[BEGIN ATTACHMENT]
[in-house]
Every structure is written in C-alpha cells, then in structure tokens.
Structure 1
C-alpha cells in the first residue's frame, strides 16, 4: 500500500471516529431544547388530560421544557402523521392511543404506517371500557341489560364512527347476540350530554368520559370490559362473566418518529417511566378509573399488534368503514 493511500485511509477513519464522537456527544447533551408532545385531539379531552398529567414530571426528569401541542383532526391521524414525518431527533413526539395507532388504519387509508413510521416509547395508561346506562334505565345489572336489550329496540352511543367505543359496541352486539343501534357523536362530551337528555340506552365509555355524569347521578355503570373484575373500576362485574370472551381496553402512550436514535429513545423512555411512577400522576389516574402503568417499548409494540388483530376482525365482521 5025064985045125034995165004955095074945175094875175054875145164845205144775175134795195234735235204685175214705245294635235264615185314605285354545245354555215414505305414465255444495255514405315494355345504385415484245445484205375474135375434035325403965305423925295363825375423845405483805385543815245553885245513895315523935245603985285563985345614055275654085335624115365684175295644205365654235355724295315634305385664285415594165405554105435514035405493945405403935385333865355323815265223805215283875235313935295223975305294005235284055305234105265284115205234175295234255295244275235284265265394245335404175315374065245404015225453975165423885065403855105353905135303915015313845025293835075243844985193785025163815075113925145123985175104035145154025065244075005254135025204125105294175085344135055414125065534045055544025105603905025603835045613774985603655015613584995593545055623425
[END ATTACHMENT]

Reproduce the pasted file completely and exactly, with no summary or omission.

[in-house]
Every structure is written in C-alpha cells, then in structure tokens.
Structure 1
C-alpha cells in the first residue's frame, strides 16, 4: 500500500471516529431544547388530560421544557402523521392511543404506517371500557341489560364512527347476540350530554368520559370490559362473566418518529417511566378509573399488534368503514 493511500485511509477513519464522537456527544447533551408532545385531539379531552398529567414530571426528569401541542383532526391521524414525518431527533413526539395507532388504519387509508413510521416509547395508561346506562334505565345489572336489550329496540352511543367505543359496541352486539343501534357523536362530551337528555340506552365509555355524569347521578355503570373484575373500576362485574370472551381496553402512550436514535429513545423512555411512577400522576389516574402503568417499548409494540388483530376482525365482521 5025064985045125034995165004955095074945175094875175054875145164845205144775175134795195234735235204685175214705245294635235264615185314605285354545245354555215414505305414465255444495255514405315494355345504385415484245445484205375474135375434035325403965305423925295363825375423845405483805385543815245553885245513895315523935245603985285563985345614055275654085335624115365684175295644205365654235355724295315634305385664285415594165405554105435514035405493945405403935385333865355323815265223805215283875235313935295223975305294005235284055305234105265284115205234175295234255295244275235284265265394245335404175315374065245404015225453975165423885065403855105353905135303915015313845025293835075243844985193785025163815075113925145123985175104035145154025065244075005254135025204125105294175085344135055414125065534045055544025105603905025603835045613774985603655015613584995593545055623425